Monday, October 12, 2009

The Glass Menagerie Part II

These days, beer is served primarily in pint glasses, which serve to keep bar and restaurant costs down rather than to maximize the flavor possibilities of the brew. Often these glasses are branded to further the marketing component that has overcome flavor as the means by which beer is made attractive to the consumer. Even the Belgians, who have maintained the attention to flavor with their multitude of ornate glasses, are not immune to this marketing prospect: they go beyond merely branding their glassware to insist that each beer must go in its own specific—and branded—glass.

So there is a predominant marketing component to beer pints and glassware. But this should most definitely take a backseat to the flavor possibilities that various styles of glass—branded or not—bring to beer.

As beers of different styles have distinctive characteristics, the appropriate glasses for each style will be the ones that accentuate those characteristics. Glass differentiation depends upon the beer’s need for: enhancing aromatic volatiles (the compounds in beer that give off aroma), showcasing appearance, and affecting/maintaining beer head.

Pint glasses do nothing for head retention. They are wide and tall, so foam rapidly evaporates from the glass. Thinner, simpler, straight-sided glasses—like Stanges and Pilsners (whether footed or stemmed)—tend to maintain head due to the narrow shape; there is less surface area for the foam to escape. Thus, crisp brews—that rely on the taste sensation of quenching bubbles as much as aroma for flavor—belong in these glasses.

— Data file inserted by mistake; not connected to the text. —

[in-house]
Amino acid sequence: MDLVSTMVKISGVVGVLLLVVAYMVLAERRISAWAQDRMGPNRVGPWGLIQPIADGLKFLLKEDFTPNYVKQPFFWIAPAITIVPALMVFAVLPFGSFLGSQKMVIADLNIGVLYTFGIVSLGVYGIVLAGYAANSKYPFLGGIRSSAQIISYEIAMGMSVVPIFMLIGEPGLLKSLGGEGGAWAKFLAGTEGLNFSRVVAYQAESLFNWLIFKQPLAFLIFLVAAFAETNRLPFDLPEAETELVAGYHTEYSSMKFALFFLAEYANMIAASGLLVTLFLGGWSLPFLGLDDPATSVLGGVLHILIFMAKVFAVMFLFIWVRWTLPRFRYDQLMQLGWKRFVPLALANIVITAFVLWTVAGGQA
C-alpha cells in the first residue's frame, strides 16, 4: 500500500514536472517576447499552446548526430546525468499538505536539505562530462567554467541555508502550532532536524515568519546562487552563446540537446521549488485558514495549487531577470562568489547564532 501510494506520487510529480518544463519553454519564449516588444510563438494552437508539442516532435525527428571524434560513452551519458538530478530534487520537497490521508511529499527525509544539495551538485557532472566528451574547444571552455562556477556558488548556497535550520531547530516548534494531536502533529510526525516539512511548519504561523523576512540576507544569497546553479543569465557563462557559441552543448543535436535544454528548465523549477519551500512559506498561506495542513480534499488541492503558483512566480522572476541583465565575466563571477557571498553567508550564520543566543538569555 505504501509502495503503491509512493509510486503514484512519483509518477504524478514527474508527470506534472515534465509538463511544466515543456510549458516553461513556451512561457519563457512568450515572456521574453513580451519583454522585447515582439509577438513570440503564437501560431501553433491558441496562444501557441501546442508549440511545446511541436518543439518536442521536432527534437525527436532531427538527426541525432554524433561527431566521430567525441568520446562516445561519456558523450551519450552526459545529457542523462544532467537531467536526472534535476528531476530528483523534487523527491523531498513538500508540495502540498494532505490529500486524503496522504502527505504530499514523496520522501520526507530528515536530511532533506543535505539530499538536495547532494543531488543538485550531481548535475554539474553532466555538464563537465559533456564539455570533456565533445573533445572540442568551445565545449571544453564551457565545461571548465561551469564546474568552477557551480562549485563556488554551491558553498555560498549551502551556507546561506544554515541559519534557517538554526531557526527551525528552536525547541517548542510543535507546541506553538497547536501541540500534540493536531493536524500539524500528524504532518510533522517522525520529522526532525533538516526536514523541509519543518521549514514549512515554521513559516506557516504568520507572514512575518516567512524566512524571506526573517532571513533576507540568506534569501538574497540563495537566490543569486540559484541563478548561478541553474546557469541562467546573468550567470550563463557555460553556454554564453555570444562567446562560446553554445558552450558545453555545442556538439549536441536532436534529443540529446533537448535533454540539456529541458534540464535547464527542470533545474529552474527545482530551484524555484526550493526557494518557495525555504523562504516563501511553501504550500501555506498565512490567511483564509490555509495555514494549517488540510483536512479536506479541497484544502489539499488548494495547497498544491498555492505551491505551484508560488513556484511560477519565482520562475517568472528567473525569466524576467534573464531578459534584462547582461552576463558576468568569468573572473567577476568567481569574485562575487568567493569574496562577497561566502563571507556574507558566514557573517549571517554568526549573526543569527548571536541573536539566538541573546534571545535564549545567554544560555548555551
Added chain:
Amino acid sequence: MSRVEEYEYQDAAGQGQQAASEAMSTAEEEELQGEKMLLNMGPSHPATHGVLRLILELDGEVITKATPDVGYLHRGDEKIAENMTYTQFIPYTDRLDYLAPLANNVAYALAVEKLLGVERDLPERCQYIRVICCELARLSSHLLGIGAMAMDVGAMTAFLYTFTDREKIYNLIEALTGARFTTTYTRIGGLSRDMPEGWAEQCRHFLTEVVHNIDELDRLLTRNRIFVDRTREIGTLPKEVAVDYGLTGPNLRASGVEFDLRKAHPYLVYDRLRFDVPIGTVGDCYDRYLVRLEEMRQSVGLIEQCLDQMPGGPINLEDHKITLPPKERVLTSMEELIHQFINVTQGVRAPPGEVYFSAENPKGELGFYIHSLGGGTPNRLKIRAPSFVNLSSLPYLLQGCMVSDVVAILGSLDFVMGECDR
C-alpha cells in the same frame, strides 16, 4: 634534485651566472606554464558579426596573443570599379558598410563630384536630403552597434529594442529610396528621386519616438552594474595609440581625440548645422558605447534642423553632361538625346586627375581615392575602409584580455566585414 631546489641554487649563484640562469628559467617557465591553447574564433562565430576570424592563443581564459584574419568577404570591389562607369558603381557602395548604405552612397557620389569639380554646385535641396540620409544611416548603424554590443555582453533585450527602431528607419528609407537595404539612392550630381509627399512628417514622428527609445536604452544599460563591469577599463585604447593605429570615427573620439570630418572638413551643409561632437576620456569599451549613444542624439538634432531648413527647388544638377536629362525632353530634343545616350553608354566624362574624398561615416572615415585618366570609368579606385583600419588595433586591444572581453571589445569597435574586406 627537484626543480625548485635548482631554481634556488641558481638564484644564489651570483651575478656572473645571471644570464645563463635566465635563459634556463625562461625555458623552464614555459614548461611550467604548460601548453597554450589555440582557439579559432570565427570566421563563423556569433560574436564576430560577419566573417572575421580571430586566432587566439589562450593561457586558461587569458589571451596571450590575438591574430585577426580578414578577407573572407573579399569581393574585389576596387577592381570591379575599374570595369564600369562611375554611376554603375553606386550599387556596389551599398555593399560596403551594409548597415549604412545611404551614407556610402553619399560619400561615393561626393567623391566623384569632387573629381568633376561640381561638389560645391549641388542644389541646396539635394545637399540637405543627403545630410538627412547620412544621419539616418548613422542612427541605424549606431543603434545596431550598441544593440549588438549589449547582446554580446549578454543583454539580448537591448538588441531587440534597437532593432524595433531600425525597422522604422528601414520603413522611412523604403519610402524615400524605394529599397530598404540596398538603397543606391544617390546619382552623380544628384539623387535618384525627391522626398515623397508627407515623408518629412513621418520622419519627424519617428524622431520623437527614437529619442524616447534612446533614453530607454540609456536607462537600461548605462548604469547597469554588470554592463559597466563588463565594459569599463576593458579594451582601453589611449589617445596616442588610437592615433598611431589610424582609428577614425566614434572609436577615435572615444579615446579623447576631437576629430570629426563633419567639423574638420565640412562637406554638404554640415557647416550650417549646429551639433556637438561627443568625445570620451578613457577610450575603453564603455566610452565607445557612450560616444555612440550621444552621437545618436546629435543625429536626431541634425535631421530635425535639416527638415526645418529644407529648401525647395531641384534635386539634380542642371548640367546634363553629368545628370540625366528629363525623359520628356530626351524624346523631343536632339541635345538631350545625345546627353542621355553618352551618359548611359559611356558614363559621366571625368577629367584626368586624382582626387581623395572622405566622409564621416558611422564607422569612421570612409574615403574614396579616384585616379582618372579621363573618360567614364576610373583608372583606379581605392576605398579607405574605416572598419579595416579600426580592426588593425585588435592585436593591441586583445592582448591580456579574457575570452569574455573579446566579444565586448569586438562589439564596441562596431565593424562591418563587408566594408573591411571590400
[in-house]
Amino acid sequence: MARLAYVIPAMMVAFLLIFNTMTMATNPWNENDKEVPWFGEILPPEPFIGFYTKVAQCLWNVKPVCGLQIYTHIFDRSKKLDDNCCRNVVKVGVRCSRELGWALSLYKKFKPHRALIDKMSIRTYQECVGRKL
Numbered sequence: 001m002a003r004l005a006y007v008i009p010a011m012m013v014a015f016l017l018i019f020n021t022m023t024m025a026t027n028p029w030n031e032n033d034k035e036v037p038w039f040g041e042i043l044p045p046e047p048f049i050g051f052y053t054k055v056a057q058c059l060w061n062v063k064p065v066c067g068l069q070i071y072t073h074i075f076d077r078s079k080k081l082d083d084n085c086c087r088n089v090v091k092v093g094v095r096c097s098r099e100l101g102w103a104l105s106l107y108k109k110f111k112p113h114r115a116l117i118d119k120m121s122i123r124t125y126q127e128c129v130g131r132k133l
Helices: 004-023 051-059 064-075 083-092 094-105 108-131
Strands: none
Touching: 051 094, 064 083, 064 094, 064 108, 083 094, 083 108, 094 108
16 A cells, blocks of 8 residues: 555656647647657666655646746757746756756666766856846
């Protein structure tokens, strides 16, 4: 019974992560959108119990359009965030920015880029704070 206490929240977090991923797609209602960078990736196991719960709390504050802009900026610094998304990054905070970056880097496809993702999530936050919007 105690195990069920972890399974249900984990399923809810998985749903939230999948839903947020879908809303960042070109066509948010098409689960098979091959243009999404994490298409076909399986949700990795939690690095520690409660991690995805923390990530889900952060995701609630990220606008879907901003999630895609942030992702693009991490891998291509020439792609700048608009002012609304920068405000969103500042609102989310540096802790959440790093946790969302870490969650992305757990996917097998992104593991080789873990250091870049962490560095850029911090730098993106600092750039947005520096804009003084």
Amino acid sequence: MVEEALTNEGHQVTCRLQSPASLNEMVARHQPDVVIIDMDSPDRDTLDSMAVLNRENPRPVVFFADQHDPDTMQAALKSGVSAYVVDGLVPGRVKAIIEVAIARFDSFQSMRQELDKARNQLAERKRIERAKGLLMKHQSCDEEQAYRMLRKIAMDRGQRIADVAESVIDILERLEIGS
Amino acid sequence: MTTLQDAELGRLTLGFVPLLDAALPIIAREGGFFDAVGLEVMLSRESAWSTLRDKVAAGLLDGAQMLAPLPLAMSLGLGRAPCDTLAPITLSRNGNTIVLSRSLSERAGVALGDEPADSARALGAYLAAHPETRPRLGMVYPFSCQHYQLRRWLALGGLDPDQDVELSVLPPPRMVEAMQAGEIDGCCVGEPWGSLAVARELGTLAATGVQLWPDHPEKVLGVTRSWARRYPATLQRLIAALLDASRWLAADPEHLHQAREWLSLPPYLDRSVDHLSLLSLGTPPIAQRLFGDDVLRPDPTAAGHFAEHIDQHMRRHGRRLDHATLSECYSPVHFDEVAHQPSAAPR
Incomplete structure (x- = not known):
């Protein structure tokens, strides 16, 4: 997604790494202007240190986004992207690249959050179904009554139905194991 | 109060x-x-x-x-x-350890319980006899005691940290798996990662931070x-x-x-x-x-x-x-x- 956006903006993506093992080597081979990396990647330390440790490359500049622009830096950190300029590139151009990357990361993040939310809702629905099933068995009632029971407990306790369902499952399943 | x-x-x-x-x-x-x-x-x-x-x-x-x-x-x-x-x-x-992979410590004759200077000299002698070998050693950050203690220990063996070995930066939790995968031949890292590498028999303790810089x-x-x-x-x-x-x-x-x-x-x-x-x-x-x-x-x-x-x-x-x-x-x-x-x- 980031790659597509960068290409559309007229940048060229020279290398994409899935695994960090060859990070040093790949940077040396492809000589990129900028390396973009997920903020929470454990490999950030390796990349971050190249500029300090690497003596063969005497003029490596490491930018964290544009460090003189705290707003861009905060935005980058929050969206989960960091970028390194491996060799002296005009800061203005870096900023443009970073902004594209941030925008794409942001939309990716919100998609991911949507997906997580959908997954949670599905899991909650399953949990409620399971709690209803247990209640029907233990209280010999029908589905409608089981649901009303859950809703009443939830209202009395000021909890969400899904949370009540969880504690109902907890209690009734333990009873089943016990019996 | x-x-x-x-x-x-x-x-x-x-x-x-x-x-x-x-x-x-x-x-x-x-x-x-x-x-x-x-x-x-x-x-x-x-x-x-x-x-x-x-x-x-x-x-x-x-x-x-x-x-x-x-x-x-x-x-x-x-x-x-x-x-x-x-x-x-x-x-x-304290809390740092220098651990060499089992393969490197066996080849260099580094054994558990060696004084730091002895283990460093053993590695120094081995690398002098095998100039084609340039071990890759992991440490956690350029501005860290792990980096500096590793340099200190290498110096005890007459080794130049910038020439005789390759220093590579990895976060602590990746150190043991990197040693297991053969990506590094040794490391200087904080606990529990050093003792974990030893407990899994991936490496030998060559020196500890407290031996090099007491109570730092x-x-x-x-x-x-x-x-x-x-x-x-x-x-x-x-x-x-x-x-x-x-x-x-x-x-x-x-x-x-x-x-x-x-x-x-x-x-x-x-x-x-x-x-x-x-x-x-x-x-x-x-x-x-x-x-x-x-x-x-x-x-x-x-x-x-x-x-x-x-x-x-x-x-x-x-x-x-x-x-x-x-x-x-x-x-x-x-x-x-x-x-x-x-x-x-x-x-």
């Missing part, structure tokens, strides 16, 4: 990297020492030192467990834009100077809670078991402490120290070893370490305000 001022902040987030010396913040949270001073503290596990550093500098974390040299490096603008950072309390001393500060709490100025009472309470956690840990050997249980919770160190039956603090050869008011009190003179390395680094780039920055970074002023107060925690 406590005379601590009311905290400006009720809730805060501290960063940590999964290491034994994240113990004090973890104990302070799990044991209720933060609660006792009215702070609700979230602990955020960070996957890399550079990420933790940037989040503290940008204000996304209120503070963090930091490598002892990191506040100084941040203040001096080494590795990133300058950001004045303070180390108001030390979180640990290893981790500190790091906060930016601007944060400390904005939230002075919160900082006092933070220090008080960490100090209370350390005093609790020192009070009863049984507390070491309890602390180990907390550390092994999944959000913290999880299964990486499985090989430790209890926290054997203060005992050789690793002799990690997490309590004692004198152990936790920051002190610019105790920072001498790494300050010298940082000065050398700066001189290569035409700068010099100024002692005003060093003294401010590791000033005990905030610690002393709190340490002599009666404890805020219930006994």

Beers with just a bit more aromatic complexity will benefit from wider versions of these narrow glasses, called Bechers, as they provide a wider rim for aroma enjoyment; the drinker’s olfactory senses are literally exposed to more of the beer, and more of the aromatic volatiles. Such beers, like the Düsseldorf Altbier, have more aromas to offer, yet are still quite drinkable in this straight-sided vessel

Certain styles require that the beer glass widen, and still others—with even further flavor distinction—require some curve to the glass, with a tapering toward the rim. This curve focuses aromas as the drinker sips, say, a refreshing Saison, with its understated nuance. These curved glasses can gain stems and become Pokals, granting the opportunity to swirl the glass. An opportunity perfectly suited to the Doppelbock, with its rich malty mysteries.

Swirling takes the curve one step further by creating more foam in the glass. Aromatics are increased by the encouraged foaming, and by the foam sticking momentarily to the sides of the glass and then quickly evaporating. This increases the amount of aromas that will be brought by bubbles to the surface and netted; with evaporation, aromatics explode forth from the glass. No such luxury exists for the pint glass. Aromatic focusing and swirling possibilities can be taken even further with the introduction of Tulips, Goblets, and Snifters. Think of these as Pokals on steroids, built for the most complex of beers: Barleywine, American Imperial IPA, Russian Imperial Stout.